Installation — business terrible  1 part
September 8th, 2015
Fl. General. The simplest method for determining the flow from a pump is to measure the volume of the discharge during a known period of time by collecting the water in a container of known size. However, this method is practical only for pumps of small capacity; other techniques must be used to measure larger flows.
F2. Pipeflow measurements.
a. Venturi meter. The flow from a dewatering system can be accurately measured by means of a venturi meter installed in the discharge line. In order to obtain accurate measurements, the meter should be located about 10 pipe diameters from any elbow or fitting, and the pipe must be flowing full of water. The flow through a venturi meter can be computed from
V2g(h, – h2)
Vl^TT
7.48 gal/ft3 x 60 sec/min
144 in.2/ft2
Q = flow, gallons per minute
C = calibrated coefficient of discharge (usually about 0.98)
A = area of entrance section where upstream manometer connection is made, square inches
g = acceleration of gravity (32.2 feet per second squared)
hj—h2 = difference in pressure between entrance section and throat, as indicated by manometer, feet
R = ratio of entrance to throat diameter = d/d, The pressures hj and h2 may be taken as illustrated in figure Fl for low pressures, or by a differential mercury manometer for high pressures. Gages may be used but will be less accurate.
(Courtesy of Fairbanks Morse, Inc., Pump Division) 
b. Orifices.
(1) The flow from a pipe under pressure can be conveniently measured by installation of an orifice on the end of the pipe (fig. F2), or by insertion of an orifice plate between two flanges in the pipe (fig. F3). The pressure tap back of the orifice should be drilled at right angles to the inside of the pipe and should be perfectly smooth as illustrated in figure F4. A rubber tube and glass or plastic pipe may be used to measure the pressure head. The diameter of the orifice plate should be accurate to 0.01 inch; the edge of the plate should be square and sharp, should have a thickness of У, inch, and should be chamfered at 45 degrees as shown in figure F2. The approach pipe must be smooth, straight, and horizontal; it must flow full, and the orifice should be located at least eight pipe diameters from any valves or fittings. The flow for various sized cap orificepipe combinations can be obtained from figure F5.
(2) The flow through an orifice in a pipe can be computed from
Q=CA2,—— у……………… x Z2gh (F2)
VI – (d2/dj4
where
Q= capacity, cubic feet per second C = orifice discharge coefficient A2 = area of orifice, square feet d2 = orifice diameter, inches dt = pipe diameter, inches g = 32.2 feet per second squared h= pressure drop across the orifice in feet of head
(3) The expression Vl – (d2/dt)4 corrects for the velocity of approach. The reciprocal of this expression and the coefficient C are listed in the following tabulation for various values of d2/dj.



c, Pitot tube. The flow in a pipe flowing full can also be determined by measuring the velocity at different locations in the pipe with a pitot tube and differential manometer, and computing the flow. The velocity at any given point can be computed from
V = C v/2gh; (F3)
where
v = velocity C = meter coefficient g = acceleration of gravity hv= velocity head
The flow is equal to the area of the pipe A times the average velocity V, or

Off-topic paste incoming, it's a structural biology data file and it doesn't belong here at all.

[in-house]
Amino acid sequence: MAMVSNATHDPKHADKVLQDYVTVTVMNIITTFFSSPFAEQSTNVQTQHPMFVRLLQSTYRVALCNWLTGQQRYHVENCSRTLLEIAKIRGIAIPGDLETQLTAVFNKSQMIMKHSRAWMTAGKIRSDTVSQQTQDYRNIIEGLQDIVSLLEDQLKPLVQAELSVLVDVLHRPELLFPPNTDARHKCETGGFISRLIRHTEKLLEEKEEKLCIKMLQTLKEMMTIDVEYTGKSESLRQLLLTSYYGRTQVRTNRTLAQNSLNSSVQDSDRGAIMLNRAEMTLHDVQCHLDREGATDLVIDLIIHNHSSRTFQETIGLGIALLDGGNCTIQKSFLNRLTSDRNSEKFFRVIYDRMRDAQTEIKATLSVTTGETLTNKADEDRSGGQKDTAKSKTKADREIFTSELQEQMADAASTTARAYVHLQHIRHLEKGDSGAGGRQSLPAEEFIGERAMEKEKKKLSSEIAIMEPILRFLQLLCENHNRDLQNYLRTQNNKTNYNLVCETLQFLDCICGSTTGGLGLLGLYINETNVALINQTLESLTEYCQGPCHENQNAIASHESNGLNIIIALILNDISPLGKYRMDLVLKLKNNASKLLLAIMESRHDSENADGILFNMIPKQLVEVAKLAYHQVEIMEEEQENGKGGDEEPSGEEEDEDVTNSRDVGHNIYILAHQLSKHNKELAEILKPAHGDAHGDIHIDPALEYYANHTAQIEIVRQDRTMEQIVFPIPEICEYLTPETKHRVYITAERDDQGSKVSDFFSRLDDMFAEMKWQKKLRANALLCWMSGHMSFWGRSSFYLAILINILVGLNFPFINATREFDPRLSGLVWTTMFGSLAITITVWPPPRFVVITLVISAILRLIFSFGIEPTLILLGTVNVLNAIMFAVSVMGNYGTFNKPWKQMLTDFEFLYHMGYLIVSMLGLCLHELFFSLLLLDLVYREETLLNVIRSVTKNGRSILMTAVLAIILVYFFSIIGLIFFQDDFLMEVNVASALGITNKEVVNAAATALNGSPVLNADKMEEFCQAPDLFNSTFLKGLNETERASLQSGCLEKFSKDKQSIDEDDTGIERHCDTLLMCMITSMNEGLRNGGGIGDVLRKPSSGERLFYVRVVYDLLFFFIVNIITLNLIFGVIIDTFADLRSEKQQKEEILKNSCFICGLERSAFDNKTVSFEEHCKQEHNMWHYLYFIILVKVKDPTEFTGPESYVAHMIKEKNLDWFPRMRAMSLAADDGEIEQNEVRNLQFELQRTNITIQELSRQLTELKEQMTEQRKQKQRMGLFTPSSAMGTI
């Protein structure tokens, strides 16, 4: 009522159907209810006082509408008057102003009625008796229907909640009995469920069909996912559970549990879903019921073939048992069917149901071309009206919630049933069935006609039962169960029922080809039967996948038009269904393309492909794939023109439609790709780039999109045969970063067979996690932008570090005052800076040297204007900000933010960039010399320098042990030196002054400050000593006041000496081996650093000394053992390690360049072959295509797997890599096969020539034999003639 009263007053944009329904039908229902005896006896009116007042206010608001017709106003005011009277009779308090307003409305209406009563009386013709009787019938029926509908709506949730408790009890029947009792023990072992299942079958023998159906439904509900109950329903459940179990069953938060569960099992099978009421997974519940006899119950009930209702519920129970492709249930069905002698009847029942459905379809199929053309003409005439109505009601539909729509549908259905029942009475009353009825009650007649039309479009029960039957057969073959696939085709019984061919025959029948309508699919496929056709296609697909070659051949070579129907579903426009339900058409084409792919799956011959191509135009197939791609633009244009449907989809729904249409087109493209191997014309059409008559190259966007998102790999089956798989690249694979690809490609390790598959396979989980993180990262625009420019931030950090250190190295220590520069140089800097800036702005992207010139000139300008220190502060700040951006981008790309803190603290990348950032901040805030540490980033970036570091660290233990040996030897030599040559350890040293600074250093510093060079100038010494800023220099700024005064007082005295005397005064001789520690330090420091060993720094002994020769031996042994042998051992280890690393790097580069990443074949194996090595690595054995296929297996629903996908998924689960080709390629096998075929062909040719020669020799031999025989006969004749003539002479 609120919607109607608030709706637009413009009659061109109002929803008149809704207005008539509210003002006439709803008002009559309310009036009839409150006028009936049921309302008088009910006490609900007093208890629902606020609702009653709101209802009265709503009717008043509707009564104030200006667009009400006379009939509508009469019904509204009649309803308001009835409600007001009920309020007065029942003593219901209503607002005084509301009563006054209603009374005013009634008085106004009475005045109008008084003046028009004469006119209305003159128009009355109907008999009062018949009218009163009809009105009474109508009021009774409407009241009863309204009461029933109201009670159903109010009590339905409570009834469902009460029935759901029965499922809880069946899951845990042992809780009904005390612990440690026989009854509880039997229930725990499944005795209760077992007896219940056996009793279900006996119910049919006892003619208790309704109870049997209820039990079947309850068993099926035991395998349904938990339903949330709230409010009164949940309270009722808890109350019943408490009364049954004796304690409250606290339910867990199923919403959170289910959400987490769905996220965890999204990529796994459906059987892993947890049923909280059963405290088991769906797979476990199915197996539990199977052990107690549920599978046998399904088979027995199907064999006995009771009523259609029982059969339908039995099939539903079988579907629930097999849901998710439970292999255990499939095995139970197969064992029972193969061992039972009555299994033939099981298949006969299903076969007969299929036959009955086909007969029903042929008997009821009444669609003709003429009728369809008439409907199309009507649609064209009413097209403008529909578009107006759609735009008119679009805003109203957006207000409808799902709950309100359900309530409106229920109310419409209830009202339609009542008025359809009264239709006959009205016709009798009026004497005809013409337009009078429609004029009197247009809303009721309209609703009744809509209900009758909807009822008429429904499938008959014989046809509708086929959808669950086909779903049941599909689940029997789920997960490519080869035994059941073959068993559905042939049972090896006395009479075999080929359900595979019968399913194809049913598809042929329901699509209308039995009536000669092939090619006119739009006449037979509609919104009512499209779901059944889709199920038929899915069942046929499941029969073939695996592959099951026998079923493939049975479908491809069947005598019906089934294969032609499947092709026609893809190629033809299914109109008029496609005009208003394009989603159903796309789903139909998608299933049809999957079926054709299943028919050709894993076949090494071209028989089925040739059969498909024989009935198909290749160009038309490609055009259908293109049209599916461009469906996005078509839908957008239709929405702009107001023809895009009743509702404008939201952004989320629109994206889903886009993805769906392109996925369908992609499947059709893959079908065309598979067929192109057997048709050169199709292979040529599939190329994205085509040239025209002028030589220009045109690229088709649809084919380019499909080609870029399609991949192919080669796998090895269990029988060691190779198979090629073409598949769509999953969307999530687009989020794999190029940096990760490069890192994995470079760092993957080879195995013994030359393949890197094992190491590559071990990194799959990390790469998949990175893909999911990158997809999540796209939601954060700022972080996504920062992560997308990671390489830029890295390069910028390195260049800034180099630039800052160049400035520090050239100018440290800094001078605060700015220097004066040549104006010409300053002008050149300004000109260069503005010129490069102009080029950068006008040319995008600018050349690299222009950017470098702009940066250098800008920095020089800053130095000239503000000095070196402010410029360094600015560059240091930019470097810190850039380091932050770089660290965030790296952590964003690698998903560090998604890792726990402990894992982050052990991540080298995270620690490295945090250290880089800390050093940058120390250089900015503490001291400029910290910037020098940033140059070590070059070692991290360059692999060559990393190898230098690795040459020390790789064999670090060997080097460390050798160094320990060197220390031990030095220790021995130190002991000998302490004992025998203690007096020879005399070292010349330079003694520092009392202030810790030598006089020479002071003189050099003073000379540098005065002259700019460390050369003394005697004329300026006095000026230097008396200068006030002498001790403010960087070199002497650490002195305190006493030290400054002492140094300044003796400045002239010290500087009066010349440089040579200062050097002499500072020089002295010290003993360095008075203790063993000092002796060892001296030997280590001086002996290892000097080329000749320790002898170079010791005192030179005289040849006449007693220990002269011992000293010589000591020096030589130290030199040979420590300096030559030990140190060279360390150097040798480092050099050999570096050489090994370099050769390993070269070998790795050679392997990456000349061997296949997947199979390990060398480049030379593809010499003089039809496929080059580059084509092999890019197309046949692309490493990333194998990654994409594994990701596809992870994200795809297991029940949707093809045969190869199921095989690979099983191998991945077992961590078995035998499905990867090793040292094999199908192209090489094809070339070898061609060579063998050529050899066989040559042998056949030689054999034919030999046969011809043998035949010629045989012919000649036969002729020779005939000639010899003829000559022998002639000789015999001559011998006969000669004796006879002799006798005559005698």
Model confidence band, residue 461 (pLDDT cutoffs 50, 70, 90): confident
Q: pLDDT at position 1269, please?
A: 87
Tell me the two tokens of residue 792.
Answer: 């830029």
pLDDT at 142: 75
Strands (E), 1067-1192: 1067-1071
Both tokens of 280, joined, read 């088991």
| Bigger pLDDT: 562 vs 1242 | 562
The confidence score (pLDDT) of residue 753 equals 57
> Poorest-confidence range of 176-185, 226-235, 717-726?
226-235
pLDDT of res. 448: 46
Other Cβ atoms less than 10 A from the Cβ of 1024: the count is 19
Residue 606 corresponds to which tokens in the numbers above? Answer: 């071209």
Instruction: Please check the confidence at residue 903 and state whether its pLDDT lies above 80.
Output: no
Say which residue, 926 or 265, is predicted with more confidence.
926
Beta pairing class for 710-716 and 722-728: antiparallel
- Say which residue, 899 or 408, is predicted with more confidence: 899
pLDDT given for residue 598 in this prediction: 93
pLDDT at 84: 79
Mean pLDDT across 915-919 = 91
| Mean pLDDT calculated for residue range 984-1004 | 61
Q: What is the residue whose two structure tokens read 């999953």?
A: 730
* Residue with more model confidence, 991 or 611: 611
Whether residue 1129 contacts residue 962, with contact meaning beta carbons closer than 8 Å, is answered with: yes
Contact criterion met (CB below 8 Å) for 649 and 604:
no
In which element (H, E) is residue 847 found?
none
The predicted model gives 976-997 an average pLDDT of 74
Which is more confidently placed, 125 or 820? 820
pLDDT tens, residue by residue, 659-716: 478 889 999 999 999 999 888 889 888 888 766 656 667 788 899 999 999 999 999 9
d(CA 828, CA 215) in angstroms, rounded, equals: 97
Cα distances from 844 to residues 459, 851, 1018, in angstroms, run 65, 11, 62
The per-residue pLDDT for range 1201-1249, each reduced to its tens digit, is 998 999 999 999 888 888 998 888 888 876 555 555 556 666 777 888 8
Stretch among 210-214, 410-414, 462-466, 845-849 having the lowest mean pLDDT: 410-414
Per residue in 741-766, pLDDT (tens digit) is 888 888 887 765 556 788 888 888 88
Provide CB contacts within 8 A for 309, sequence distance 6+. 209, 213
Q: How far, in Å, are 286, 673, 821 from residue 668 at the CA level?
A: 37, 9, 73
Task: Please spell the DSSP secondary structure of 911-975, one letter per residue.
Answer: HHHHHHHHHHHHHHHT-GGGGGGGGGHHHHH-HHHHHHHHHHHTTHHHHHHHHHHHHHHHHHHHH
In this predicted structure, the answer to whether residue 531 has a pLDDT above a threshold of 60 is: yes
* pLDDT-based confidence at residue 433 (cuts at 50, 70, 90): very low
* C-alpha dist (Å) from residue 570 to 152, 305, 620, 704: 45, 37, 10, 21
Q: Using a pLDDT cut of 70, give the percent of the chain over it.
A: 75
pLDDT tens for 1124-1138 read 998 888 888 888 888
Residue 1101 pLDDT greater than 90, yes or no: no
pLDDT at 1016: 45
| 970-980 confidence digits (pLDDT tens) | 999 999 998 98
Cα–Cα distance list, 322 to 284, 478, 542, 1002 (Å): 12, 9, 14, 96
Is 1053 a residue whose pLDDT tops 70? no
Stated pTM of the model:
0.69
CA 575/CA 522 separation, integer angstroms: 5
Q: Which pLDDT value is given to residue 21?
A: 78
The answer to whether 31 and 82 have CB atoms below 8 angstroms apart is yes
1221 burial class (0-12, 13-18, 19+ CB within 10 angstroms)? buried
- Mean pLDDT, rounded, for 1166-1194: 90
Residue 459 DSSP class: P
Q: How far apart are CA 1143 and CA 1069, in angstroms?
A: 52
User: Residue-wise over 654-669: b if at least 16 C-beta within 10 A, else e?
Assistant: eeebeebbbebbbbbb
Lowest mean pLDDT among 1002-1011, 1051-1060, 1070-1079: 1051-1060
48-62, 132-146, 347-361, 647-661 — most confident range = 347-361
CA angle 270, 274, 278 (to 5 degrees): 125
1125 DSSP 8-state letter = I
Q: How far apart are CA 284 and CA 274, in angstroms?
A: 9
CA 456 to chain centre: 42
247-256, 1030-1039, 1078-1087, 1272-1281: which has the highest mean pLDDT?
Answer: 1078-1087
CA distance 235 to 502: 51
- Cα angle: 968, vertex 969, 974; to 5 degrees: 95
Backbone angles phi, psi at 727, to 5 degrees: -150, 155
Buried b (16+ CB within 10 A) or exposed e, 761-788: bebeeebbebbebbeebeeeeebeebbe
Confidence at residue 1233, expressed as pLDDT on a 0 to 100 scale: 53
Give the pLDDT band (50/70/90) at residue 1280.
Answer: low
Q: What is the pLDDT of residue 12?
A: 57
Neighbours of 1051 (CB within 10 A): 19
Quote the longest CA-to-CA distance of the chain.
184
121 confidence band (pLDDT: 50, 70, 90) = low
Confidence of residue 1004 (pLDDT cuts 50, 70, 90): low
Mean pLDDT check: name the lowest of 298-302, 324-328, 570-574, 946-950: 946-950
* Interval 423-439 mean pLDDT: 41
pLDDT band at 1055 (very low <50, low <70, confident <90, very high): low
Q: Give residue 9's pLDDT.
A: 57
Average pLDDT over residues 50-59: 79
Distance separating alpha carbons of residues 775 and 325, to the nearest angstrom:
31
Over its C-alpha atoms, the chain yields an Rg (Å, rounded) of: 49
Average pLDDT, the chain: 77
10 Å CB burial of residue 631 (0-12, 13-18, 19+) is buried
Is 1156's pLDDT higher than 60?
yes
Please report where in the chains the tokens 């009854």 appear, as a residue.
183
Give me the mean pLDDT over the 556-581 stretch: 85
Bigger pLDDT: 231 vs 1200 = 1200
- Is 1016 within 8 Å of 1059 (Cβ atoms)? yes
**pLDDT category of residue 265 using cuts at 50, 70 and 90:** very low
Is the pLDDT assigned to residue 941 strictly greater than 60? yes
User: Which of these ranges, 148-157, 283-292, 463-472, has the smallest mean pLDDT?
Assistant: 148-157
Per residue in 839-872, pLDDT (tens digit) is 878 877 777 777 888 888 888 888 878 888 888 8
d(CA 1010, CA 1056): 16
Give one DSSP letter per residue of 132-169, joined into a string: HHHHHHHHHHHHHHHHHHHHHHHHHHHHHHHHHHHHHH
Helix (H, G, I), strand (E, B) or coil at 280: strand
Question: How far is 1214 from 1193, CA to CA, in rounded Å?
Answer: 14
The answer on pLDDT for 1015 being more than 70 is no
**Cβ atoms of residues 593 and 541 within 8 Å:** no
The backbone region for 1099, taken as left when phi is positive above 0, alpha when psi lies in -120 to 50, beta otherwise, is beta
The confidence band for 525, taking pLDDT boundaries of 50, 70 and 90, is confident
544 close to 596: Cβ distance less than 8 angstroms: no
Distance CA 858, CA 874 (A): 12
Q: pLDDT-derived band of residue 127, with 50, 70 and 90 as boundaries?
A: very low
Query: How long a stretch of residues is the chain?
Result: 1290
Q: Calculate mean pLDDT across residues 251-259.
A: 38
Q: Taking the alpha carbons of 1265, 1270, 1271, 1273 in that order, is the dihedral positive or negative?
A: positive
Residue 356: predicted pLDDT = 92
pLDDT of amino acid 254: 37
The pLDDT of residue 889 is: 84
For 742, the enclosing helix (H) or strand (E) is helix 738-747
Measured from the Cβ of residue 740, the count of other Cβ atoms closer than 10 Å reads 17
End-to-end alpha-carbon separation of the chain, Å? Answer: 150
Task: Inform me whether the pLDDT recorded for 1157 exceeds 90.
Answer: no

Q = AV (F3 a)

where
n
I v 
and
v = velocity at center of concentric rings of equal area
n = number of concentric rings
F3. Approximate measurement methods.
a.Jet flow. Flow from a pipe can be determined approximately by measuring a point on the arc of the stream of water emerging from the pipe (fig. F6), using the following equation:
Q = (F4)
where
Q= flow, gallons per minute
A = area of stream of water at end of pipe in square inches. If the pipe is not flowing full, the value of A is the crosssectional area of the water jet where it emerges from the pipe. The area of the stream can be obtained by multiplying the area of the pipe times the Effective Area Factor (EAF) in figure F7 using the ratio of the freeboard to the inside diameter of the pipe.
x= distance along axis of the discharge pipe through which the stream of water moves from the end of the pipe to a point(s), inches
у = distance perpendicular to the axis of the discharge pipe through which the stream of water drops, measured from the top or surface of the stream of water to point(s), inches It should be noted that the x and y distances are measured from the top of the stream of water; if y is measured in the field from the top of the pipe, the pipe
thickness and freeboard must be subtracted from the measured y to obtain the correct value of y.
b. Fountain flow. The flow from a vertical pipe can be approximated by measuring the height of the use of the stream of water above the top of the pipe (fig. F8). Two types of flow must be recognized when dealing with fountain flow. At low crest heights, the discharge has the character of weir flow, while at high crest heights the discharge has the character of jet flow. Intermediate values result in erratic flow with respect to the height of the crest H.
(1) Where the flow exhibits jet character, it can be computed from
Q = 5.68KDVH (F5)
where
Q= flow, gallons, per minute K = constant varying from 0.87 to 0.97 for pipes 2 to 6 inches in diameter and h = 6 to 24 inches D = inside pipe diameter, inches H = vertical height of water jet, inches Where the flow exhibits weir character, it can be approximated by using the Francis Formula, Q = 3.33 Bh3’2, with В being the circumference of the pipe.
(2) Some values of fountain flow for various nominal pipe sizes and heights of crest are given in table Fl.